Due to a significant reduction in onion supplies, retail markets in Lucknow and its neighboring areas have witnessed a surge in onion prices, with them currently ranging from ₹70 to ₹75 per kilogram. Vendors are anticipating further price spikes, potentially reaching ₹100 per kilogram next month. The current onion prices have more than doubled since the beginning of this month.
Dharmendra, a local vendor, explained, “Onion prices started to rise shortly after Navratri ended. Initially, the vegetable was available at ₹40-45 per kilogram, but it has now escalated to ₹70-75 per kilogram at the Narhi retail market. At the start of this month, onions were priced at ₹30-35 per kilogram. Traders attribute this price hike to reduced arrivals due to a crop shortage.”
Housewife Varsha Singh expressed the impact of rising onion prices on daily life, stating, “Onions have disappeared from salads, and people are substituting them with radishes. Even local eateries have stopped serving onions with dishes like khasta and poori.”
Traders mentioned that this year, delayed and insufficient rainfall in onion-producing regions such as Nasik, Nagpur, Solapur, has resulted in significantly lower onion production, amounting to only about 30% of the usual output. Additionally, the available produce is of lesser quality.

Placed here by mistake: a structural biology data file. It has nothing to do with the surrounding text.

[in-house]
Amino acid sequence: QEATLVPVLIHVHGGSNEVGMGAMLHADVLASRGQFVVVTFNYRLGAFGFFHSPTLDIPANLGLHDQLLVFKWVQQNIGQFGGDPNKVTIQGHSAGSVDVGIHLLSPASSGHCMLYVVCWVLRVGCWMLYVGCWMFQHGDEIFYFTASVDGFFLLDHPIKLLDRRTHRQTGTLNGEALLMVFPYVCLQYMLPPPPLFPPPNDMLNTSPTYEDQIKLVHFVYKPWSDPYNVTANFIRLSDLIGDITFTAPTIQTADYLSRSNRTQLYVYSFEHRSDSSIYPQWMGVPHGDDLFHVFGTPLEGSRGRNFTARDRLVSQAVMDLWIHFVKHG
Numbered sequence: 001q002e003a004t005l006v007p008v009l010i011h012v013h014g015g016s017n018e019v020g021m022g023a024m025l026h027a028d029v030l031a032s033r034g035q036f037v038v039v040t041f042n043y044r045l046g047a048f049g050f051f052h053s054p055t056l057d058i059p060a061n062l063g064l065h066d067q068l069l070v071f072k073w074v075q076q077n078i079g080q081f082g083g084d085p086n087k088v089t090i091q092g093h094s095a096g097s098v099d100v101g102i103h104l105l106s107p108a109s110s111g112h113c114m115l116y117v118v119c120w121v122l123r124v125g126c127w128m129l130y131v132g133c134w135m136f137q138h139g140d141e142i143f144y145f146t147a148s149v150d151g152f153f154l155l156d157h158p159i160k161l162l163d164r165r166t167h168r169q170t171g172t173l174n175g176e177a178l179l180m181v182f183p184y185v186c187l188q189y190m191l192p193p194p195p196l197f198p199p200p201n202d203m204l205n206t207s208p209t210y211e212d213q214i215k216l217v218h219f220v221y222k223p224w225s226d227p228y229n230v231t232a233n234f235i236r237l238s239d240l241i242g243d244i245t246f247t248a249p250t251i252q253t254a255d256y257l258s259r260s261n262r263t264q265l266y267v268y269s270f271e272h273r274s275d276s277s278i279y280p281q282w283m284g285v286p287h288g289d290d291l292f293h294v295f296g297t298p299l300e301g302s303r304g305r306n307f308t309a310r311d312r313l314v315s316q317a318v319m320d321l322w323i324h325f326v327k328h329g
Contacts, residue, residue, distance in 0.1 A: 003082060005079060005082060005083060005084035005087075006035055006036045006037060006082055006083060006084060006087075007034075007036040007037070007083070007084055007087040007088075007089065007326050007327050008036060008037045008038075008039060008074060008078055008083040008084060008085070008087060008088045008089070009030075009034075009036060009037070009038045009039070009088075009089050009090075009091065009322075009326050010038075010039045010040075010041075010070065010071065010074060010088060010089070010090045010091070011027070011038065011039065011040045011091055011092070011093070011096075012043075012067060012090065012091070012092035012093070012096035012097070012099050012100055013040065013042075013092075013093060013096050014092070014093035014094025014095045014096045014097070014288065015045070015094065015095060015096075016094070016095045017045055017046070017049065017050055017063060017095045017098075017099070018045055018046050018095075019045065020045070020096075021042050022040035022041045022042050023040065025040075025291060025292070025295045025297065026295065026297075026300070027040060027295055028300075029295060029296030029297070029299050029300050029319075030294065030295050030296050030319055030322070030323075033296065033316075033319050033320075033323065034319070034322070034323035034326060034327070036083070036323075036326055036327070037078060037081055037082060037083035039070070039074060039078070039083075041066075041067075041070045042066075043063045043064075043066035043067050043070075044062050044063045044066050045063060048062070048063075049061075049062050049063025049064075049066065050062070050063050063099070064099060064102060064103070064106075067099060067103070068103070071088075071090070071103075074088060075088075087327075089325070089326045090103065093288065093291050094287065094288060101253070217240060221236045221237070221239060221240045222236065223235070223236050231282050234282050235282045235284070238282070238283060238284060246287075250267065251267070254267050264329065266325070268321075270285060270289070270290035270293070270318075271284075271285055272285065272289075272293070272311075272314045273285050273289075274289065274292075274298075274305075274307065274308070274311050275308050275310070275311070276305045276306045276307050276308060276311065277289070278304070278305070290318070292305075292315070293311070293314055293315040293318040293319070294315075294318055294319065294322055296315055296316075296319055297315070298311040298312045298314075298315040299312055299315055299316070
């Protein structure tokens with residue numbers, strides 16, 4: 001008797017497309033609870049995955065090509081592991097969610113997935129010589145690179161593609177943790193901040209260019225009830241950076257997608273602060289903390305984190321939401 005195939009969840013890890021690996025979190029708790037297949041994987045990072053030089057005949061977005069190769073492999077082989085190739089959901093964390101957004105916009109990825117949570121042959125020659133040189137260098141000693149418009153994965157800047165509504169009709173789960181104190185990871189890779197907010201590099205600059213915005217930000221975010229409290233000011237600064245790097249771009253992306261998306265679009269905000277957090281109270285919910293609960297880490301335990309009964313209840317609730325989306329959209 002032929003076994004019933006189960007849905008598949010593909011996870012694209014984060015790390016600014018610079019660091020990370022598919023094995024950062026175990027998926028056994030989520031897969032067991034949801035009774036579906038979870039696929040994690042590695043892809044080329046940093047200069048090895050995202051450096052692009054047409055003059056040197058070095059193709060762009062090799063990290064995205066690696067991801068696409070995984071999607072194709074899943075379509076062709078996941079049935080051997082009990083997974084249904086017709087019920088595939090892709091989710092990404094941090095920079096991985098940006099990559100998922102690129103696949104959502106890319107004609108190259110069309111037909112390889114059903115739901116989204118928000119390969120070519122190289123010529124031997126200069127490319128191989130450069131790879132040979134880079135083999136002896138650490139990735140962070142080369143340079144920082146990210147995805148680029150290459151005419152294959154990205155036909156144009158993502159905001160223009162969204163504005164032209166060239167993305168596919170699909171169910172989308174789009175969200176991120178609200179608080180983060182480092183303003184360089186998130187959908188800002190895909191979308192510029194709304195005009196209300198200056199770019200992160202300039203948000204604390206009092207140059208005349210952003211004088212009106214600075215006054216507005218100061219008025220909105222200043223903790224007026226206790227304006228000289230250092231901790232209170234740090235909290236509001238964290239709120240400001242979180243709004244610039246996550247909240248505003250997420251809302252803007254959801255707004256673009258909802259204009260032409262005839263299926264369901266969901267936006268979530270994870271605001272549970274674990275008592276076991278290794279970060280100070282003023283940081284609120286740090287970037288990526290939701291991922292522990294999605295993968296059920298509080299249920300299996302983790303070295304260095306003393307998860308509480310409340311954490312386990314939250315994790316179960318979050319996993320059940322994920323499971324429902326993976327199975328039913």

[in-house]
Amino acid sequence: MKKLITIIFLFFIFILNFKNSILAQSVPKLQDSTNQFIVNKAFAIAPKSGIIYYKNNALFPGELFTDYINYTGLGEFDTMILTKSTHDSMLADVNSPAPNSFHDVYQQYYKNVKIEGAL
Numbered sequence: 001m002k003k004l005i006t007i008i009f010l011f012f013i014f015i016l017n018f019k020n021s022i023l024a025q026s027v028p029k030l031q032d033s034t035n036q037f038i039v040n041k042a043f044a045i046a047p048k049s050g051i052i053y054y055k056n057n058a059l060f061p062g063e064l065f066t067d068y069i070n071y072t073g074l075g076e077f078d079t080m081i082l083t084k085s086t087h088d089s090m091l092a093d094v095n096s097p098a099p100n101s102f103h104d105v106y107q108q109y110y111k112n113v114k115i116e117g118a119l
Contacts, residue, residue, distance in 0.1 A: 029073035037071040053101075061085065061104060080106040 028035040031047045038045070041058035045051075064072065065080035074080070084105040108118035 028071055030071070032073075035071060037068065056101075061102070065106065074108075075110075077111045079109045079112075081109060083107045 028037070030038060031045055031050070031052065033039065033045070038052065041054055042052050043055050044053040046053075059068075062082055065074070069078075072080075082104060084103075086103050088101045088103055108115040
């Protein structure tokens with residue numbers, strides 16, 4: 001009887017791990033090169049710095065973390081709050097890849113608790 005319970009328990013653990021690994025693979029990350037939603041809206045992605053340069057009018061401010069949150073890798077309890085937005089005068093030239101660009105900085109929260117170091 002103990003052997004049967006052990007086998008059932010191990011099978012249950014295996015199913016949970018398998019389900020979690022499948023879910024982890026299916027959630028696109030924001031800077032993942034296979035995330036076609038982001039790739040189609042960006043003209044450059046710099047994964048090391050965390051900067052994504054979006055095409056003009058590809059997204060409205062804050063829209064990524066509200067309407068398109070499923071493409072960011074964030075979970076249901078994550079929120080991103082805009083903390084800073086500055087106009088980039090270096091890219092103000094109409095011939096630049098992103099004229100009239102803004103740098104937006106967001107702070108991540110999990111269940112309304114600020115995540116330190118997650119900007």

Dharmendra added, “The new crop is expected in approximately two months, but it will be available in limited quantities. The market is likely to remain tight, and I anticipate wholesale prices touching ₹50 per kilogram in the next couple of days.”
Mantu Sonkar, a vendor at Lal Kuan market, stated, “There is a scarcity of supply in the market, and the quality of the produce is not up to the mark. A substantial portion of the stock gets spoiled, compelling us to raise prices to avoid losses. Customers are understandably dissatisfied with the sudden price hike and are purchasing smaller quantities.”
Lata Gupta, another homemaker, expressed her concerns about the continuous increase in prices, saying, “Every time we visit the market, something becomes more expensive. Only in July and August, tomato prices were sky-high, and now it’s onions, which are essential for cooking. How are we supposed to manage our household budget? It seems like there’s no relief for ordinary people.”